There is no Tooth Fairy in Russia.
Or at least, there wasn't during Communism.
Galina moved to the United States when her daughter was one and a half. Fortunately her daughter warned her about the Tooth Fairy, whom she said gave presents. Stickers or whatever. Galina said she never got anything when she was little, and her daughter asked, "well what did you do with the teeth," and Galina said, "I threw them out," and she said, "well that's why you never get anything! You have to put them under your pillow!"
One year her daughter lost a tooth down the sink drain. She cried all night and went to sleep broken-hearted because there would be no present from the Tooth Fairy under her pillow. But when she woke up, the Tooth Fairy had left a present for her in the sink!
One year Galina's daughter's father took her to Russia and left her with her grandparents for the summer. Galina had to call up her ex-in-laws and hastily explain to them about the Tooth Fairy, who did indeed come...or at least, her Russian cousin came! That summer the Tooth Fairy stickers had Russian writing all over them.
In Soviet Russia religion of all flavours, including Christianity, was frowned upon as poison for the masses. Which is not far wrong. And as such, there were no Christmas Trees. There were, ahem, New Year's Trees. For Jews like Galina's family as well. Those New Year's Trees looked an awful lot like Christmas Trees, decorated with ornaments and tinsel. And let us recall that in Russia Christmas comes on January 7. After New Years'.
They have their own version of Santa Claus. They call him Father Frost. He has a long blue or red robe and a long white beard. He has a big bag of presents slung over his shoulder and their sleigh is drawn by three horses (or it could theoretically be reindeer if you really wanted, Galina said; "they're not very particular"). -- He goes around with his granddaughter, an ice maiden who is made out of snow, a teenager, 15 or 20, with a long pale braid and blue eyes made out of ice. The reason they have to do their gift giving in the winter is because otherwise she would melt.
In Russia the magical beings are very practical. There is none of this prancing around on rooftops. They come to your house in person and knock on the door and give you gifts and dance with you. Unless Mom and Dad are too poor to afford paying people to come dressed up, in which case, yes, they come when the children are sleeping.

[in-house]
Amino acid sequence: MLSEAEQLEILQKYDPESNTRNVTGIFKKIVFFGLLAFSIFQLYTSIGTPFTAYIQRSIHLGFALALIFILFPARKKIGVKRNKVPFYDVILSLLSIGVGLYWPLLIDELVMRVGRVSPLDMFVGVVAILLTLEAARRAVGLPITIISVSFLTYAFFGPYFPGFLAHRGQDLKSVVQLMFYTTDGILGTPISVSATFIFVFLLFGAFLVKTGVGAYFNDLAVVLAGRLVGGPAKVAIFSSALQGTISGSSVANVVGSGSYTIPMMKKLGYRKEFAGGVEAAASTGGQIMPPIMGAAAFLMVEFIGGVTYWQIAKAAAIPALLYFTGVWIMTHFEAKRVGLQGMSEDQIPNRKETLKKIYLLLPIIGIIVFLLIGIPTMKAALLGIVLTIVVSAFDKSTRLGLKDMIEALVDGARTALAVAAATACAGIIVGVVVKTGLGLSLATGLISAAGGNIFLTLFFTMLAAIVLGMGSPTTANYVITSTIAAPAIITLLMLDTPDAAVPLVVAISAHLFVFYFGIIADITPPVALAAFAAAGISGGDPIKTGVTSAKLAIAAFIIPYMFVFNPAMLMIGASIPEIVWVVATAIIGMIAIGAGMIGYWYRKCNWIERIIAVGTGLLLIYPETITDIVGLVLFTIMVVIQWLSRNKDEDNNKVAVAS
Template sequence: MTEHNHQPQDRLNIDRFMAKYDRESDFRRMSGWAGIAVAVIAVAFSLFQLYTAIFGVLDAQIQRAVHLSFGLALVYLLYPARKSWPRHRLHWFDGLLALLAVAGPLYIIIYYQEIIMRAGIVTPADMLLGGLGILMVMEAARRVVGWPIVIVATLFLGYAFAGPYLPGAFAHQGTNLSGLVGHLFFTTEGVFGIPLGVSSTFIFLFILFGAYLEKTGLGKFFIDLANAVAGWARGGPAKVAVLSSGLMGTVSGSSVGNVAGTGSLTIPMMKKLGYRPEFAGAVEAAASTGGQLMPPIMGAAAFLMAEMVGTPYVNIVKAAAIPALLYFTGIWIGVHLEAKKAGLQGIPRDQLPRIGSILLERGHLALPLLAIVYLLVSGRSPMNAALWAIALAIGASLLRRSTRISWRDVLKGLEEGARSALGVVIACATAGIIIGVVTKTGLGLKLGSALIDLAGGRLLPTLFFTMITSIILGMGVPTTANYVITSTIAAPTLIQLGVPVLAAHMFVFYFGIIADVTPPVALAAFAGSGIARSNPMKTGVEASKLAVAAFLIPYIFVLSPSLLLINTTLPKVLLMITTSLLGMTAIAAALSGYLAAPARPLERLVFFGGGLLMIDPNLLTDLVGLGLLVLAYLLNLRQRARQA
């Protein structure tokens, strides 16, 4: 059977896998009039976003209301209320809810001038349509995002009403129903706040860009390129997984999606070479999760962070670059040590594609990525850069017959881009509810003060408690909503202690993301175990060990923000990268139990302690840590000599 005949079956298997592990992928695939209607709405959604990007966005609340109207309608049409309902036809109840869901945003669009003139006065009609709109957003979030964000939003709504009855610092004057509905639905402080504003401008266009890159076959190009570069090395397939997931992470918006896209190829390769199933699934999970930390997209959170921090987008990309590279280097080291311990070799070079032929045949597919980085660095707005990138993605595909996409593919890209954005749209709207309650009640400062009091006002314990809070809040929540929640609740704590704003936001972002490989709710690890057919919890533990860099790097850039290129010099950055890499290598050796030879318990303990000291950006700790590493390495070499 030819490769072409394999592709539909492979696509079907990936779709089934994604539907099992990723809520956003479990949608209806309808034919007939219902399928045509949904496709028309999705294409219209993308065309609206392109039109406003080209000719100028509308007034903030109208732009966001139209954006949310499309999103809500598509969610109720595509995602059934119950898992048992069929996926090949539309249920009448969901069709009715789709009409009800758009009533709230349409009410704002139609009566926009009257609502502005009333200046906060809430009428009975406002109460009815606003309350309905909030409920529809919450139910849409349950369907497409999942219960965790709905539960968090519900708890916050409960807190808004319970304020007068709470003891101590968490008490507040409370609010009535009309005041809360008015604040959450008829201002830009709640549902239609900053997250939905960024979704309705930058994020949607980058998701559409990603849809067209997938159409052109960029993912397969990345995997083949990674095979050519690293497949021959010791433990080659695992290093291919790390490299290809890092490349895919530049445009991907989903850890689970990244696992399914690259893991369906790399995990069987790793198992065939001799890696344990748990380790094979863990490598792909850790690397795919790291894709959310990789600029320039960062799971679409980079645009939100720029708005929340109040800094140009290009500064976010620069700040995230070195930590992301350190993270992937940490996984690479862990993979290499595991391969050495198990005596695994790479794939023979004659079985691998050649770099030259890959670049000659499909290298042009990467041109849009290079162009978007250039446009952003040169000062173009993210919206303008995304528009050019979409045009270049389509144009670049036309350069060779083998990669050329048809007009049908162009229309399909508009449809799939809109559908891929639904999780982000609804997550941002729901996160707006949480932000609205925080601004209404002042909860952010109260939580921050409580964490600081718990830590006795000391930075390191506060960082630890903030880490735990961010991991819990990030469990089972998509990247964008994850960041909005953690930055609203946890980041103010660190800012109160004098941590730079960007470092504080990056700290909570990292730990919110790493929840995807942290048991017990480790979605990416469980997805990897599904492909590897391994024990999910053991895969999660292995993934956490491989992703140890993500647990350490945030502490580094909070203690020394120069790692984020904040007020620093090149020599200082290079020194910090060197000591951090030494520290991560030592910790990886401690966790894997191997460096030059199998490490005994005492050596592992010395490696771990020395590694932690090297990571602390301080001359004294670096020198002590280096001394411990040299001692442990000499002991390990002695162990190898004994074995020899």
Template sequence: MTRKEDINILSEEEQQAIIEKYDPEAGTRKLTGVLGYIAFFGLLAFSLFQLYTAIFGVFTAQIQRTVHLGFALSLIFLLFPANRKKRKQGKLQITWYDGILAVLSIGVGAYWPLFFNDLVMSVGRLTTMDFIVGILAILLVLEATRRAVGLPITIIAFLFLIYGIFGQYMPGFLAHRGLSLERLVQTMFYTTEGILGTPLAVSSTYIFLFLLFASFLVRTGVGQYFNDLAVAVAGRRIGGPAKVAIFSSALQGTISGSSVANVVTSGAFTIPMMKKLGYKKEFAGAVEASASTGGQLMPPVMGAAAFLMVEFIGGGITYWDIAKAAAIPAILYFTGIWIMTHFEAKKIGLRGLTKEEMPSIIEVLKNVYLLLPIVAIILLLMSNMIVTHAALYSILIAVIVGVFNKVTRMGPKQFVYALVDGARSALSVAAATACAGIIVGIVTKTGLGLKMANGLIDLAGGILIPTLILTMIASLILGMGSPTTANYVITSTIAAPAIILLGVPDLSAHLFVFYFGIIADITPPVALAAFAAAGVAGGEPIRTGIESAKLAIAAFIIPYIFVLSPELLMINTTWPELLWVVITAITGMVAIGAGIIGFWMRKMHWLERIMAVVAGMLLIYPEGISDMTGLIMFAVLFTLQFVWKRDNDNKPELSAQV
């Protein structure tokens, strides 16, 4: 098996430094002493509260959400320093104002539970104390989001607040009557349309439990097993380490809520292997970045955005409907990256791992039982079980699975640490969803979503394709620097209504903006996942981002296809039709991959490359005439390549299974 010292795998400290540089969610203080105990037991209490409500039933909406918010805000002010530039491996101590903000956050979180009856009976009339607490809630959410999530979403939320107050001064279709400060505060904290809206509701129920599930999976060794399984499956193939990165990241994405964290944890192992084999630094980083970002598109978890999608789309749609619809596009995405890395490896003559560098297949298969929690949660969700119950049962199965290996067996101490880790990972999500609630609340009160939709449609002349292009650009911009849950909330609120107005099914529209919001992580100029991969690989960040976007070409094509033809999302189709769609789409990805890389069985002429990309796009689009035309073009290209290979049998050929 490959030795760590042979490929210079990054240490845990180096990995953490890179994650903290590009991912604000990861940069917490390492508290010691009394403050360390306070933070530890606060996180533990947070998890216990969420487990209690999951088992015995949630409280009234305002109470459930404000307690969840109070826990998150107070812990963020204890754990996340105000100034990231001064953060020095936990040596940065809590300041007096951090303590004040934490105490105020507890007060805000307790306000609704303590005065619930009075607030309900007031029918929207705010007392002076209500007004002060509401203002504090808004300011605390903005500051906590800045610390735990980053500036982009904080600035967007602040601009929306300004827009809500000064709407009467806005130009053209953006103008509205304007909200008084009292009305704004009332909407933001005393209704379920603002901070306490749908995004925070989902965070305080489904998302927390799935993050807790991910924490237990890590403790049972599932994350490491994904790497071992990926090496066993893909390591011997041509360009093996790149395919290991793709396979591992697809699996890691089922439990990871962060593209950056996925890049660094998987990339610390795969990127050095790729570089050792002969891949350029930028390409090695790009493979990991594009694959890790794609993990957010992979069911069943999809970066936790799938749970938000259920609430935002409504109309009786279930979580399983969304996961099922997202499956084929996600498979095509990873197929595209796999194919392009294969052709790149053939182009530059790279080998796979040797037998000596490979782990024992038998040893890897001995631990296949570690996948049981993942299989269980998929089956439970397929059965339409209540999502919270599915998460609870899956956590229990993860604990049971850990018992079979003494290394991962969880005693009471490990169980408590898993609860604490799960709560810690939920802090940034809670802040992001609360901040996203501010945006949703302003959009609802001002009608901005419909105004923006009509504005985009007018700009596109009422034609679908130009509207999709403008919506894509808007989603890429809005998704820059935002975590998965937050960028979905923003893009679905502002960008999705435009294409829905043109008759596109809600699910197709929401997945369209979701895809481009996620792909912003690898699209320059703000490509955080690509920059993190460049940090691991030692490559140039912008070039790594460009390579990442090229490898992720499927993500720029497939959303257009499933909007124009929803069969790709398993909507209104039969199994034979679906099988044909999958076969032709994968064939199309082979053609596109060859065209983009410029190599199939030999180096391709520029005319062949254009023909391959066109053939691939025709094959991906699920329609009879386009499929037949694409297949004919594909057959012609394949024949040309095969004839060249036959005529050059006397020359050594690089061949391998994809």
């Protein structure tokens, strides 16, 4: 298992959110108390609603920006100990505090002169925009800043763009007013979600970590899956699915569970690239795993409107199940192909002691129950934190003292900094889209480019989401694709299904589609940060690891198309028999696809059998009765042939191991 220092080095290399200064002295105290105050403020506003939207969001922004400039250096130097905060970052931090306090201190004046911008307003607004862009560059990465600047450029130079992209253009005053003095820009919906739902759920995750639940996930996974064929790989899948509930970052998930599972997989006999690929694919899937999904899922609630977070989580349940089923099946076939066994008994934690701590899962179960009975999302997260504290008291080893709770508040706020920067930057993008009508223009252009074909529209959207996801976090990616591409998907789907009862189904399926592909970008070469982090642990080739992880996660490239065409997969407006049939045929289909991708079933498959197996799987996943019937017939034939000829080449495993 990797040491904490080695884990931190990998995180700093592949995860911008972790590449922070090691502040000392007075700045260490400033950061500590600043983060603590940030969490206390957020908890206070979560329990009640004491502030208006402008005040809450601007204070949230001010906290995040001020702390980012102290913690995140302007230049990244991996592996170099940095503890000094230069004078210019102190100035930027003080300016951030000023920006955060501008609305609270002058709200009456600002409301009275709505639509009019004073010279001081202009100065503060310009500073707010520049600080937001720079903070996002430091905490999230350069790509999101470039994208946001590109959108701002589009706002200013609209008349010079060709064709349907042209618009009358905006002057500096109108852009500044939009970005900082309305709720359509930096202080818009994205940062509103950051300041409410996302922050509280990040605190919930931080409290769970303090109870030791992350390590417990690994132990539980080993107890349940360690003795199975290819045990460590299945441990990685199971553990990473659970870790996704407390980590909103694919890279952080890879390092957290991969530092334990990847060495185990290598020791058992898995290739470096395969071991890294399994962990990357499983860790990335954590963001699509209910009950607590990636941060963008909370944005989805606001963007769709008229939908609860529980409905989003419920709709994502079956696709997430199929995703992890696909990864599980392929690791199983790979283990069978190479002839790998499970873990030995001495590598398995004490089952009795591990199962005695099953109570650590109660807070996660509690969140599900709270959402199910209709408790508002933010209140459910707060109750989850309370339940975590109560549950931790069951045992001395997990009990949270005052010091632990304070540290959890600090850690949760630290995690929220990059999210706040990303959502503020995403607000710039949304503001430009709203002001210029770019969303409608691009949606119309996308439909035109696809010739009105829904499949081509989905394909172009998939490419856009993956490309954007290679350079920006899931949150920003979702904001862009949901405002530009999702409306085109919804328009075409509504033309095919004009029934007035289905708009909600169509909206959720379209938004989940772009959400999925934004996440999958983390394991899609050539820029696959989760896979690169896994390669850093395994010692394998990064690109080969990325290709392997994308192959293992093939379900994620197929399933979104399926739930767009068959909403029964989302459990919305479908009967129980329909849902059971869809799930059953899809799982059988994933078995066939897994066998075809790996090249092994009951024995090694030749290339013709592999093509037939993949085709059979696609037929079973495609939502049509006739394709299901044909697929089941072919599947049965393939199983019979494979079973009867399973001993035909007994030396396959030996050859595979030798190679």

The unavoidable humanity of the costumed gift-givers was part of the Big Giveaway for little Galina. When she was five she wanted a car or wagon or some kind of wheeled conveyance to put her dolls in, and she was sitting on Father Frost's knee and he was asking her what she would like, and she thought, "he is a magical being, he should KNOW what a child wants." But to be polite she hemmed and hawed, and he said, "Well little girl, would you like some skis?" And she thought, "no, I absolutely would not like some skis, the last thing in the world I would want, how could a magical being not know that," and he pulled the skis out of his bag and gave them to her and she hid her tears. And just then her aunt brought a bag of taffy out of the kitchen and put it in Father Frost's bag for Father Frost to bring back to the Snow Maiden, and that was when Galina knew. "What are you doing?" she said! "The Snow Maiden does not eat *taffy*, she eats ICICLES!"
And that was how she knew.
You can never go back from such knowing.
I looked at pictures from a Russian childhood, over mint tea, homemade applesauce, and homemade cranberry sauce with walnuts and cloves. They did not have a camera, Soviets did not, so pictures were rare things. When Galina was a baby, the only photos they had were when once or twice a year one might go to the professional photographer's studio and get a picture done. Gradually, a friend or so might give them a picture as a gift.
There is a picture of Galina as an extremely Russian looking baby with slanty eyes, bundled up, in her father's arms, and her father is wearing one of those big Russian fur hats. Her mom is wearing a head scarf and a coat with a fur collar. You can't make this stuff up. Now that I've been there, these fashion statements make perfect sense.
There is a picture of Galina at seven, squirming and crabby under the weight of three great big heavy bright red beautiful gladiolas, because every September 1, the first day of school, is Teachers Day and all school children have to bring flowers for their teachers and it's not a question of just bringing one flower, no, every child brings a whole bouquet, the whole country is just a sea of flowers. (That day and March 7, Woman's Day, she said, which matches what I had already heard, about all the men and boys buying flowers for women on that day, all women--a nice tradition and I wish we had such a thing here.)
And now I'm going to sleep under a Russian blanket, 3/4 covered by a white cotton cover with lace edging and pink flowers embroidered on it, with a hole in the middle for the blanket. They do it the same way in Japan.